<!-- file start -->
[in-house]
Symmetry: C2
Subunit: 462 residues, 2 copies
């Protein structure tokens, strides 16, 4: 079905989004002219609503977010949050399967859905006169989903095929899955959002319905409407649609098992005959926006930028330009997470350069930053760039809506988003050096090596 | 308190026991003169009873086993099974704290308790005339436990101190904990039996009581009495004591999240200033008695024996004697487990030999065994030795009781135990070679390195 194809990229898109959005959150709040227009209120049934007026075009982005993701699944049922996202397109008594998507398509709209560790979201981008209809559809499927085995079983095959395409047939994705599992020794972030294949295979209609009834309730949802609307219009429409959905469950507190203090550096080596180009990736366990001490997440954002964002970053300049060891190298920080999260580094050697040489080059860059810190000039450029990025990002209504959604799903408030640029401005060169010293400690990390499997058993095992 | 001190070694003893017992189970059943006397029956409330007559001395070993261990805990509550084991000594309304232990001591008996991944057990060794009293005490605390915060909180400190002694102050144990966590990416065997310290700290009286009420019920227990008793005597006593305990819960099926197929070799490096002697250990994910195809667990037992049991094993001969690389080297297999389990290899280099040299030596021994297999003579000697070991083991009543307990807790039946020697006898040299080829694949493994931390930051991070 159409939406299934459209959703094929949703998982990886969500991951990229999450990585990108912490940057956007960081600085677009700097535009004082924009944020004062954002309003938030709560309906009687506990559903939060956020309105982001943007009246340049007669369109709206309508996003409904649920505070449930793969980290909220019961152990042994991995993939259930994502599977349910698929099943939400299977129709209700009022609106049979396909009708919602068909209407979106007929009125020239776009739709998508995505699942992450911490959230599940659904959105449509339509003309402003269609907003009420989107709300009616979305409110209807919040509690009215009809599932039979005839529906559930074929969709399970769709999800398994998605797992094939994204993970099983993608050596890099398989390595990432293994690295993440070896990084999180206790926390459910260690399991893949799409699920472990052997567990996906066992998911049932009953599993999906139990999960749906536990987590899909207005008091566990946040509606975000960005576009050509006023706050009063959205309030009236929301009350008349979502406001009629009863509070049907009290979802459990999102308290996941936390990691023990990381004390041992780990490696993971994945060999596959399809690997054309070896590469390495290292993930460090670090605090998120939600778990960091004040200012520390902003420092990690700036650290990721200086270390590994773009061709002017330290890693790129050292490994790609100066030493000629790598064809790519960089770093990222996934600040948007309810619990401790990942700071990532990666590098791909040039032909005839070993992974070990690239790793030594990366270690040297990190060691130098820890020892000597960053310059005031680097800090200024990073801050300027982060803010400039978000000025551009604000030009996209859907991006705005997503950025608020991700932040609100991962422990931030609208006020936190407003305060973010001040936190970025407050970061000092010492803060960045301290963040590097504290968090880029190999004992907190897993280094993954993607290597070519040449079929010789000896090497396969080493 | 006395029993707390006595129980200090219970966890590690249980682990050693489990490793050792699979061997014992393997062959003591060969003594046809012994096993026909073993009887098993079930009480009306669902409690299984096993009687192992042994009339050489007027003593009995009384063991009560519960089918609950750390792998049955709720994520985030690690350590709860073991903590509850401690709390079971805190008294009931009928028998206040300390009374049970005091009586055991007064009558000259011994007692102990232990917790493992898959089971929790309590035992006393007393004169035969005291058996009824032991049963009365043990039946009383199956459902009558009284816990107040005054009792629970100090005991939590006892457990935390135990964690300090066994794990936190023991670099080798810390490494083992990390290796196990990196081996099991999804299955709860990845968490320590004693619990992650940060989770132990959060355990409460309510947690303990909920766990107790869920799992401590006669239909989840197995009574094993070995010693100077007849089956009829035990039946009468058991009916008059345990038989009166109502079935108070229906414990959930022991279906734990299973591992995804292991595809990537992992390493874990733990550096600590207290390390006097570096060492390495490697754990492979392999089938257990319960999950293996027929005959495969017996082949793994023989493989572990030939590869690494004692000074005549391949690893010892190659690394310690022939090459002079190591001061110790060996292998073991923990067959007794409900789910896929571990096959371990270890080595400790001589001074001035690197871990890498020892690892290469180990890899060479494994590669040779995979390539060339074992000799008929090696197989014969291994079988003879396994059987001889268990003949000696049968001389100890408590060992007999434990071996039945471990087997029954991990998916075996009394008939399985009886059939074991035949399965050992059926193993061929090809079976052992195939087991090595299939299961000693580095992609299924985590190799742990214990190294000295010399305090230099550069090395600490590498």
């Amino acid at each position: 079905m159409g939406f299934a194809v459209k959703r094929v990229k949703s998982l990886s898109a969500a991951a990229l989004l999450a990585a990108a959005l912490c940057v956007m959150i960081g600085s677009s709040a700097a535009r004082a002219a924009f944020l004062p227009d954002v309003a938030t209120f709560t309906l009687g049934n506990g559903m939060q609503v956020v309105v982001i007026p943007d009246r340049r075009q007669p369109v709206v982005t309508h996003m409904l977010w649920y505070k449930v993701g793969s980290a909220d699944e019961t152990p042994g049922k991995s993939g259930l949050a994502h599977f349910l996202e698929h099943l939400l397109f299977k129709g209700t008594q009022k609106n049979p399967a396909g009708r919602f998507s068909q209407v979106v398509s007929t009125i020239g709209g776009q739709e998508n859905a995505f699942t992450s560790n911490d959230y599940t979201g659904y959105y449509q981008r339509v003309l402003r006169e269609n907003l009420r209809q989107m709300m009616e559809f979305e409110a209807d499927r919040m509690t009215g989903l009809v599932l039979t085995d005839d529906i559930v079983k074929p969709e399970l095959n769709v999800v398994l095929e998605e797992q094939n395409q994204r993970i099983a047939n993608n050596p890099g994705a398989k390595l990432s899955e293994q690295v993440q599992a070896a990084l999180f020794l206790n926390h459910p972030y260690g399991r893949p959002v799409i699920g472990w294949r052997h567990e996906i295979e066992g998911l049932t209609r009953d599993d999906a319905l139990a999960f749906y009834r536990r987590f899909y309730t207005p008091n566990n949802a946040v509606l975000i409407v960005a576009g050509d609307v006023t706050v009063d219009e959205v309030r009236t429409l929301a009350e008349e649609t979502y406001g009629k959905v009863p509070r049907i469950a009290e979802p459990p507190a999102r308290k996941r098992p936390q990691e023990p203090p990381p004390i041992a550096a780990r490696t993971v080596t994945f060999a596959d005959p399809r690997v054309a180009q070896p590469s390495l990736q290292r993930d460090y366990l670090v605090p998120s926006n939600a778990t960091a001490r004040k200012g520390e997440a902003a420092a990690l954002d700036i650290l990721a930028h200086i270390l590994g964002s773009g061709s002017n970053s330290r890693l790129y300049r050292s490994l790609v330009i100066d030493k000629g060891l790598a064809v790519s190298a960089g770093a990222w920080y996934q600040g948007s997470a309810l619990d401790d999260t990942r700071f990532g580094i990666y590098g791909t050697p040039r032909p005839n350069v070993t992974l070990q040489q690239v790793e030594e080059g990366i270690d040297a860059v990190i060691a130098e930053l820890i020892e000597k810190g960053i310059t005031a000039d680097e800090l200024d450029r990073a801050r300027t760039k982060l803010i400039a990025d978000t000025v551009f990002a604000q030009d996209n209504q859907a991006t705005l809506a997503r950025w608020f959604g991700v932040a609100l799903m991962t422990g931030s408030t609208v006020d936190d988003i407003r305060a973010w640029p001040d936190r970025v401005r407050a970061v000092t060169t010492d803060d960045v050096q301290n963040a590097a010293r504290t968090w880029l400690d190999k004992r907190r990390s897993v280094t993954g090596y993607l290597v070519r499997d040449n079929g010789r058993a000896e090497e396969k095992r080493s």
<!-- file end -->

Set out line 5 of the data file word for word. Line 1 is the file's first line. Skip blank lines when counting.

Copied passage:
């Amino acid at each position: 079905m159409g939406f299934a194809v459209k959703r094929v990229k949703s998982l990886s898109a969500a991951a990229l989004l999450a990585a990108a959005l912490c940057v956007m959150i960081g600085s677009s709040a700097a535009r004082a002219a924009f944020l004062p227009d954002v309003a938030t209120f709560t309906l009687g049934n506990g559903m939060q609503v956020v309105v982001i007026p943007d009246r340049r075009q007669p369109v709206v982005t309508h996003m409904l977010w649920y505070k449930v993701g793969s980290a909220d699944e019961t152990p042994g049922k991995s993939g259930l949050a994502h599977f349910l996202e698929h099943l939400l397109f299977k129709g209700t008594q009022k609106n049979p399967a396909g009708r919602f998507s068909q209407v979106v398509s007929t009125i020239g709209g776009q739709e998508n859905a995505f699942t992450s560790n911490d959230y599940t979201g659904y959105y449509q981008r339509v003309l402003r006169e269609n907003l009420r209809q989107m709300m009616e559809f979305e409110a209807d499927r919040m509690t009215g989903l009809v599932l039979t085995d005839d529906i559930v079983k074929p969709e399970l095959n769709v999800v398994l095929e998605e797992q094939n395409q994204r993970i099983a047939n993608n050596p890099g994705a398989k390595l990432s899955e293994q690295v993440q599992a070896a990084l999180f020794l206790n926390h459910p972030y260690g399991r893949p959002v799409i699920g472990w294949r052997h567990e996906i295979e066992g998911l049932t209609r009953d599993d999906a319905l139990a999960f749906y009834r536990r987590f899909y309730t207005p008091n566990n949802a946040v509606l975000i409407v960005a576009g050509d609307v006023t706050v009063d219009e959205v309030r009236t429409l929301a009350e008349e649609t979502y406001g009629k959905v009863p509070r049907i469950a009290e979802p459990p507190a999102r308290k996941r098992p936390q990691e023990p203090p990381p004390i041992a550096a780990r490696t993971v080596t994945f060999a596959d005959p399809r690997v054309a180009q070896p590469s390495l990736q290292r993930d460090y366990l670090v605090p998120s926006n939600a778990t960091a001490r004040k200012g520390e997440a902003a420092a990690l954002d700036i650290l990721a930028h200086i270390l590994g964002s773009g061709s002017n970053s330290r890693l790129y300049r050292s490994l790609v330009i100066d030493k000629g060891l790598a064809v790519s190298a960089g770093a990222w920080y996934q600040g948007s997470a309810l619990d401790d999260t990942r700071f990532g580094i990666y590098g791909t050697p040039r032909p005839n350069v070993t992974l070990q040489q690239v790793e030594e080059g990366i270690d040297a860059v990190i060691a130098e930053l820890i020892e000597k810190g960053i310059t005031a000039d680097e800090l200024d450029r990073a801050r300027t760039k982060l803010i400039a990025d978000t000025v551009f990002a604000q030009d996209n209504q859907a991006t705005l809506a997503r950025w608020f959604g991700v932040a609100l799903m991962t422990g931030s408030t609208v006020d936190d988003i407003r305060a973010w640029p001040d936190r970025v401005r407050a970061v000092t060169t010492d803060d960045v050096q301290n963040a590097a010293r504290t968090w880029l400690d190999k004992r907190r990390s897993v280094t993954g090596y993607l290597v070519r499997d040449n079929g010789r058993a000896e090497e396969k095992r080493s």